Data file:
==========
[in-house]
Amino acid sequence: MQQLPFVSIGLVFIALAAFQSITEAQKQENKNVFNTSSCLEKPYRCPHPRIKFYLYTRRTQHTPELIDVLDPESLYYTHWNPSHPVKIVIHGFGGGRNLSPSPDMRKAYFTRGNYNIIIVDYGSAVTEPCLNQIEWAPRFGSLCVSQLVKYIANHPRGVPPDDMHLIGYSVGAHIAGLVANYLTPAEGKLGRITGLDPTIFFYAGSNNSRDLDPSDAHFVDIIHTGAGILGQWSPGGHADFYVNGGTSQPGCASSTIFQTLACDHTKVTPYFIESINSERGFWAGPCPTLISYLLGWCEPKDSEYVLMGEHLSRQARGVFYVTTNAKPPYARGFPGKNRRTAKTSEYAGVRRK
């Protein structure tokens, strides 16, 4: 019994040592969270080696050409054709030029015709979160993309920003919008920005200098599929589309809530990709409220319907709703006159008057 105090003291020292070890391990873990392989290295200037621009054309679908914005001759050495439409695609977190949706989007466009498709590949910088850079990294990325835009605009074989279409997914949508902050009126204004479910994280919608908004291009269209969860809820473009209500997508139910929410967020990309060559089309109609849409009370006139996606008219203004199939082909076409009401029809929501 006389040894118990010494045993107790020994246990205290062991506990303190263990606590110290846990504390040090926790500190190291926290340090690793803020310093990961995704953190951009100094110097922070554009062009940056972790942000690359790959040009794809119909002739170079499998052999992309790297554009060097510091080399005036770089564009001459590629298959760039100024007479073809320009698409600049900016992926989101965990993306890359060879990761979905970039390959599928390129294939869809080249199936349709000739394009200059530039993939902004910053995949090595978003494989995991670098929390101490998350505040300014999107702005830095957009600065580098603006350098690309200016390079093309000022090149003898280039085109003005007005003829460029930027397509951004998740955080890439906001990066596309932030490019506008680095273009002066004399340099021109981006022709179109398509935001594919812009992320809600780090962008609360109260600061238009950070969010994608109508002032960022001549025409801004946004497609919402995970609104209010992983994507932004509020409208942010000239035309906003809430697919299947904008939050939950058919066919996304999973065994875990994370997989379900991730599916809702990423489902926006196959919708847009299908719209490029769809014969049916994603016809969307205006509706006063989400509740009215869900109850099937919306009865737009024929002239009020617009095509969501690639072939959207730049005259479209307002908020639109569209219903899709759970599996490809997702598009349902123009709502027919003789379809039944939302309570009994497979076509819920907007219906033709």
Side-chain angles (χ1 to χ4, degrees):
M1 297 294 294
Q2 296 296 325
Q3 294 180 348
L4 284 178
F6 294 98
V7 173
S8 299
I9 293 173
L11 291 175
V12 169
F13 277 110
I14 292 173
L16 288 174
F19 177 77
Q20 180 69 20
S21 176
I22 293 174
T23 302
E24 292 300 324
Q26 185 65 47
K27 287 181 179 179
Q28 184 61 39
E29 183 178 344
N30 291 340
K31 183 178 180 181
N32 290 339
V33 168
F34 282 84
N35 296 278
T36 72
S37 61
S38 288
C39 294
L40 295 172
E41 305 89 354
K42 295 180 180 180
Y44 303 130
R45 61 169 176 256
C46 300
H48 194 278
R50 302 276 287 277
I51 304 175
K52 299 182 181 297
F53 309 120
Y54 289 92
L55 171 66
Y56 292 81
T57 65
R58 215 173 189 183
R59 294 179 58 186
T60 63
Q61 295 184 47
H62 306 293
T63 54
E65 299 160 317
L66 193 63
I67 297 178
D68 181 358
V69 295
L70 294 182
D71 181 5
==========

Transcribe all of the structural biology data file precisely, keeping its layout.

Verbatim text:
[in-house]
Amino acid sequence: MQQLPFVSIGLVFIALAAFQSITEAQKQENKNVFNTSSCLEKPYRCPHPRIKFYLYTRRTQHTPELIDVLDPESLYYTHWNPSHPVKIVIHGFGGGRNLSPSPDMRKAYFTRGNYNIIIVDYGSAVTEPCLNQIEWAPRFGSLCVSQLVKYIANHPRGVPPDDMHLIGYSVGAHIAGLVANYLTPAEGKLGRITGLDPTIFFYAGSNNSRDLDPSDAHFVDIIHTGAGILGQWSPGGHADFYVNGGTSQPGCASSTIFQTLACDHTKVTPYFIESINSERGFWAGPCPTLISYLLGWCEPKDSEYVLMGEHLSRQARGVFYVTTNAKPPYARGFPGKNRRTAKTSEYAGVRRK
């Protein structure tokens, strides 16, 4: 019994040592969270080696050409054709030029015709979160993309920003919008920005200098599929589309809530990709409220319907709703006159008057 105090003291020292070890391990873990392989290295200037621009054309679908914005001759050495439409695609977190949706989007466009498709590949910088850079990294990325835009605009074989279409997914949508902050009126204004479910994280919608908004291009269209969860809820473009209500997508139910929410967020990309060559089309109609849409009370006139996606008219203004199939082909076409009401029809929501 006389040894118990010494045993107790020994246990205290062991506990303190263990606590110290846990504390040090926790500190190291926290340090690793803020310093990961995704953190951009100094110097922070554009062009940056972790942000690359790959040009794809119909002739170079499998052999992309790297554009060097510091080399005036770089564009001459590629298959760039100024007479073809320009698409600049900016992926989101965990993306890359060879990761979905970039390959599928390129294939869809080249199936349709000739394009200059530039993939902004910053995949090595978003494989995991670098929390101490998350505040300014999107702005830095957009600065580098603006350098690309200016390079093309000022090149003898280039085109003005007005003829460029930027397509951004998740955080890439906001990066596309932030490019506008680095273009002066004399340099021109981006022709179109398509935001594919812009992320809600780090962008609360109260600061238009950070969010994608109508002032960022001549025409801004946004497609919402995970609104209010992983994507932004509020409208942010000239035309906003809430697919299947904008939050939950058919066919996304999973065994875990994370997989379900991730599916809702990423489902926006196959919708847009299908719209490029769809014969049916994603016809969307205006509706006063989400509740009215869900109850099937919306009865737009024929002239009020617009095509969501690639072939959207730049005259479209307002908020639109569209219903899709759970599996490809997702598009349902123009709502027919003789379809039944939302309570009994497979076509819920907007219906033709």
Side-chain angles (χ1 to χ4, degrees):
M1 297 294 294
Q2 296 296 325
Q3 294 180 348
L4 284 178
F6 294 98
V7 173
S8 299
I9 293 173
L11 291 175
V12 169
F13 277 110
I14 292 173
L16 288 174
F19 177 77
Q20 180 69 20
S21 176
I22 293 174
T23 302
E24 292 300 324
Q26 185 65 47
K27 287 181 179 179
Q28 184 61 39
E29 183 178 344
N30 291 340
K31 183 178 180 181
N32 290 339
V33 168
F34 282 84
N35 296 278
T36 72
S37 61
S38 288
C39 294
L40 295 172
E41 305 89 354
K42 295 180 180 180
Y44 303 130
R45 61 169 176 256
C46 300
H48 194 278
R50 302 276 287 277
I51 304 175
K52 299 182 181 297
F53 309 120
Y54 289 92
L55 171 66
Y56 292 81
T57 65
R58 215 173 189 183
R59 294 179 58 186
T60 63
Q61 295 184 47
H62 306 293
T63 54
E65 299 160 317
L66 193 63
I67 297 178
D68 181 358
V69 295
L70 294 182
D71 181 5